12 Human Factors for Aircraft Maintenance Proficiency | Dirty Dozen

12 Human Factors


The dirty dozen of human factors is another model used to describe the most common causes of human factors errors that lead to aviation accidents and incidents.

 

In the late 1980s and the early 1990s, a large number of aviation maintenance-related accidents and incidents has occurred. Due to the contribution of human factors errors in the aviation accidents and incidents that time, Gordon During -who was working for transport of Canada- developed dirty dozen model in 1993. 


He identifies twelve human factors which degrade people's performance and lead to human errors.

 

The twelve human factors are lack of communication, lack of teamwork, lack of assertiveness, complacency, fatigue, stress, lack of knowledge, lack of resources, lack of awareness, distraction, pressure, and norms.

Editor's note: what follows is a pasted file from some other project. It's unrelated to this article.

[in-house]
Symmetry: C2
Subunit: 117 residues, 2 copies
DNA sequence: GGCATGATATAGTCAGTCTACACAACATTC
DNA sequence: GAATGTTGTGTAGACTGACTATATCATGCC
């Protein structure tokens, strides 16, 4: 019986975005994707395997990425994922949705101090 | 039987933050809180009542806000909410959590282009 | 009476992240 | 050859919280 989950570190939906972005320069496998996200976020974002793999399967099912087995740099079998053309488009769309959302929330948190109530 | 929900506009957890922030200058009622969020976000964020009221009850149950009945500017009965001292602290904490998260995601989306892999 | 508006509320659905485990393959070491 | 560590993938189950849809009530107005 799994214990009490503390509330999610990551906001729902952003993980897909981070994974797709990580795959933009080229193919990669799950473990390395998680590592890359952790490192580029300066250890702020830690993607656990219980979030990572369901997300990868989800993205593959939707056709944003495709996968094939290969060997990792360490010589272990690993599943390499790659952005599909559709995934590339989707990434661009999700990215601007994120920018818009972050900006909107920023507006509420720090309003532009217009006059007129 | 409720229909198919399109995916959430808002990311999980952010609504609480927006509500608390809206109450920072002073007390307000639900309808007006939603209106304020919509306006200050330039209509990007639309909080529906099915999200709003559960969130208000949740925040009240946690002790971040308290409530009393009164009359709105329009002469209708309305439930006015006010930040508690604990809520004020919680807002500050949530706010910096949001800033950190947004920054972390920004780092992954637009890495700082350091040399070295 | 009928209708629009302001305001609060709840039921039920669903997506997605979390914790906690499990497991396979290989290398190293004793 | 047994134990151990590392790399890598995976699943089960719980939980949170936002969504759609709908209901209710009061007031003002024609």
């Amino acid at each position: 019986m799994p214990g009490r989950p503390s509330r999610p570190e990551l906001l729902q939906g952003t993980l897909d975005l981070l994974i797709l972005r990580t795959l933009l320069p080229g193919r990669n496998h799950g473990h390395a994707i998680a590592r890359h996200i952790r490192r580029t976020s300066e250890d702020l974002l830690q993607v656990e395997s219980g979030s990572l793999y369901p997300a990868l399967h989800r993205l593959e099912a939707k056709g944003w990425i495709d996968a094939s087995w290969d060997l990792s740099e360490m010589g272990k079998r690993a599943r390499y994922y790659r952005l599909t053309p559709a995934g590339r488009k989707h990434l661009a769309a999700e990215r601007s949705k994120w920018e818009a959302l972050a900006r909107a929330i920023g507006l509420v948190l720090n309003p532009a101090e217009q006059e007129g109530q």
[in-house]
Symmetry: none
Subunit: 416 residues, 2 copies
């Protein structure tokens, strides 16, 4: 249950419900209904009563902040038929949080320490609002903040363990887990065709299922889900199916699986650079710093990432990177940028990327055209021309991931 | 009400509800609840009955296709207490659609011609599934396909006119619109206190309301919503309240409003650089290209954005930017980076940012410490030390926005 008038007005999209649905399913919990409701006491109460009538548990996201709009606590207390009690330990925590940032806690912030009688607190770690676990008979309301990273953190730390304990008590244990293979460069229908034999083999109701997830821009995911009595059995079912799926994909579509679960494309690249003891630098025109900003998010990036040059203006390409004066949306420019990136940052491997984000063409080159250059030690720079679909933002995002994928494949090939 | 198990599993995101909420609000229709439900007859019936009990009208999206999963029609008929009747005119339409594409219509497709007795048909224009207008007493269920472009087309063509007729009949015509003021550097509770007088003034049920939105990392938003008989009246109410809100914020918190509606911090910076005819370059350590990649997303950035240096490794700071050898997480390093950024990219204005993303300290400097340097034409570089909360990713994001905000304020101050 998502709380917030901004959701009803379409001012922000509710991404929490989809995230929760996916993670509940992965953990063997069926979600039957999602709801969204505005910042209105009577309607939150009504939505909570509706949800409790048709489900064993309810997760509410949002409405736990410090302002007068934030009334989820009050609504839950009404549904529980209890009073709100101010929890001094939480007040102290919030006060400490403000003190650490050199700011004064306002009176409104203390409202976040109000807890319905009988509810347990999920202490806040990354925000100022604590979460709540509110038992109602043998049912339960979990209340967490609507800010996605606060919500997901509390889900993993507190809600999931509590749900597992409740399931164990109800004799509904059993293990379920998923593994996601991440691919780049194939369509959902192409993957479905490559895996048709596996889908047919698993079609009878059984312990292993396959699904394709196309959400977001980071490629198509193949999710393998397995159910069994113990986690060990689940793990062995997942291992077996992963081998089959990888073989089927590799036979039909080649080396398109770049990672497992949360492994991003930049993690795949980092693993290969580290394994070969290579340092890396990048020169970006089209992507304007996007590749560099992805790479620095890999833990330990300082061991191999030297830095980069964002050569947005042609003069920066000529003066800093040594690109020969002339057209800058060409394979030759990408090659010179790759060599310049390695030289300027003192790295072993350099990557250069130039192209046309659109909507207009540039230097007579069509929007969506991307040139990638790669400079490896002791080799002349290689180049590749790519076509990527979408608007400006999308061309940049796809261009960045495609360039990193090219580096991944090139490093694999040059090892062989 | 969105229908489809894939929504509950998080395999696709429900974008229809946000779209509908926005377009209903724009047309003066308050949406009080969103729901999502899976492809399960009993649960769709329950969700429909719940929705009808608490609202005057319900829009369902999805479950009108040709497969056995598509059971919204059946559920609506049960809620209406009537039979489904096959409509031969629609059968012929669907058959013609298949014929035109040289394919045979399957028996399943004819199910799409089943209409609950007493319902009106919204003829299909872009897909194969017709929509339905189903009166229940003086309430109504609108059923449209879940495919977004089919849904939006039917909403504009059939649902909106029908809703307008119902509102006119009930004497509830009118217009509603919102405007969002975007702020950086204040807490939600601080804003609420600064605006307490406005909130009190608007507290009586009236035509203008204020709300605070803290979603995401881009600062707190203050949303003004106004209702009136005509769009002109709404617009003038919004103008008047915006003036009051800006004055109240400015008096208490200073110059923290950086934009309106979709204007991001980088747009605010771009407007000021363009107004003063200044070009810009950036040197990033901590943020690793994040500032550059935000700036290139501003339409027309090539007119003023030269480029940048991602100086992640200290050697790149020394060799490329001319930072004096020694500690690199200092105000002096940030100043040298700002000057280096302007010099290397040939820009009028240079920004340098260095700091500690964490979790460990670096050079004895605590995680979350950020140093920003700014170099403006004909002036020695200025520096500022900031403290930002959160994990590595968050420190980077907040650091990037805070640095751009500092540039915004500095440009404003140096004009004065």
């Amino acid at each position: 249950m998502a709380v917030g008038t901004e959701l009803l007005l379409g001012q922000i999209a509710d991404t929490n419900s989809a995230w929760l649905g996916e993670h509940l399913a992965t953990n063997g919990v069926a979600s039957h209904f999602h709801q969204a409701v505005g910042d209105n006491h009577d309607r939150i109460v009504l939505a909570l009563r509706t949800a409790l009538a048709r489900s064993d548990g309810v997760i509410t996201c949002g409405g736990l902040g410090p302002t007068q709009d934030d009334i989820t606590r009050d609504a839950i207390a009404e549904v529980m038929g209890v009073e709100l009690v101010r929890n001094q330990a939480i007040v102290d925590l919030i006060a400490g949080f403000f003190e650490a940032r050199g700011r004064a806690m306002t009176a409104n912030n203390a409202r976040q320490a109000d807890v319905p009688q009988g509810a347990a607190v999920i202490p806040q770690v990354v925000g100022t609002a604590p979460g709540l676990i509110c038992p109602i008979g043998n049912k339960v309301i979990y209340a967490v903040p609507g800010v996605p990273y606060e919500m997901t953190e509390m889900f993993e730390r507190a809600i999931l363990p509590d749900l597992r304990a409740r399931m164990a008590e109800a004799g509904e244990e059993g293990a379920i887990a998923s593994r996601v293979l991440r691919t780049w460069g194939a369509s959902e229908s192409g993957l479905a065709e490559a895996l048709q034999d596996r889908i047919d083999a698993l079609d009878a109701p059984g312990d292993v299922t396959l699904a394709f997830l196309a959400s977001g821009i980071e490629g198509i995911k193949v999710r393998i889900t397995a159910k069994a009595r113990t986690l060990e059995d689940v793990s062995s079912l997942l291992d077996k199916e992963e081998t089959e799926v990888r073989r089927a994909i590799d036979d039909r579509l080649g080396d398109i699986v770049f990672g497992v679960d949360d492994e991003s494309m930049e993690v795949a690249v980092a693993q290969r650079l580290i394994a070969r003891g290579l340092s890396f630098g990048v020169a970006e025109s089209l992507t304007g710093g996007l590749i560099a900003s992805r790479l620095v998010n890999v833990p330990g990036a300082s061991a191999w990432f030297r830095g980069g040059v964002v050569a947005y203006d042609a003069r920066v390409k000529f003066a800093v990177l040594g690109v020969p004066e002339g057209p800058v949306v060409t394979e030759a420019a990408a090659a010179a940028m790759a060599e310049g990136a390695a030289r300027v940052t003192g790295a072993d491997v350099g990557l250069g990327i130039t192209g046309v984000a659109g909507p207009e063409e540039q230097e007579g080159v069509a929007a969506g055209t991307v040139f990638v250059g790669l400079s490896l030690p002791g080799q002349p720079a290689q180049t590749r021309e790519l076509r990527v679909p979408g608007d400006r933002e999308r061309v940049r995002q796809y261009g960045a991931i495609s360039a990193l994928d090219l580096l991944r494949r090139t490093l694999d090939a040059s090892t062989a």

THE DIRTY DOZEN OF HUMAN FACTORS

1- Lack of Communication

2- Lack of teamwork

3- Norms

4- lack of assertiveness

5- complacency

6- Fatigue

7- stress

8- lack of knowledge

9- lack of resources

10- lack of awareness

11- distraction

12- Pressure

 

 

 

In the previous week, I published my article which was titled pear model human factors. In this article, I will explain another human factor model which affects your performance and suggested some simple mitigating strategies. 


Note : you may like reading SHELL model human factor